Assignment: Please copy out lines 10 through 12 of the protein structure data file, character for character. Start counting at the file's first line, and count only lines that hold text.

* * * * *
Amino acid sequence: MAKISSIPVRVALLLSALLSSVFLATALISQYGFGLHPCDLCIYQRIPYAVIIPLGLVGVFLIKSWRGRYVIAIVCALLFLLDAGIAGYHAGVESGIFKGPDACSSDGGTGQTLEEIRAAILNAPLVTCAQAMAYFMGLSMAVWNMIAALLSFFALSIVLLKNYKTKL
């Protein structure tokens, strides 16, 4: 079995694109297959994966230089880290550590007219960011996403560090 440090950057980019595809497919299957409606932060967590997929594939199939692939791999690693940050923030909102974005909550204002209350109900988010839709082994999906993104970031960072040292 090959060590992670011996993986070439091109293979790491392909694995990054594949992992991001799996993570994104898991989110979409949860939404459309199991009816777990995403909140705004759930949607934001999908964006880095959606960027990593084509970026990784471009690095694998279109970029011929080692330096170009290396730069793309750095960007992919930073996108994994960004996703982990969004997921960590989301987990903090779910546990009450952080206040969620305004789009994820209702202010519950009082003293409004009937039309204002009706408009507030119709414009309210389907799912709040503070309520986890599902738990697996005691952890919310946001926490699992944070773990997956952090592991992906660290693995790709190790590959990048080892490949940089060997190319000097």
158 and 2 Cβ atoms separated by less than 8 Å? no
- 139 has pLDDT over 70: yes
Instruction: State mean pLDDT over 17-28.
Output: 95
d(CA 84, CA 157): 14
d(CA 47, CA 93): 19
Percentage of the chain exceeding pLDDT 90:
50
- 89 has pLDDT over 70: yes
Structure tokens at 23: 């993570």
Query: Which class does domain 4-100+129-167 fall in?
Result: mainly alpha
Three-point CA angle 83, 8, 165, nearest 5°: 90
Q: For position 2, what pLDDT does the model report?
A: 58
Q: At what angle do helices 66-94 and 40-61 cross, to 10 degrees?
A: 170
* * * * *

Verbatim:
50
- 89 has pLDDT over 70: yes
Structure tokens at 23: 């993570």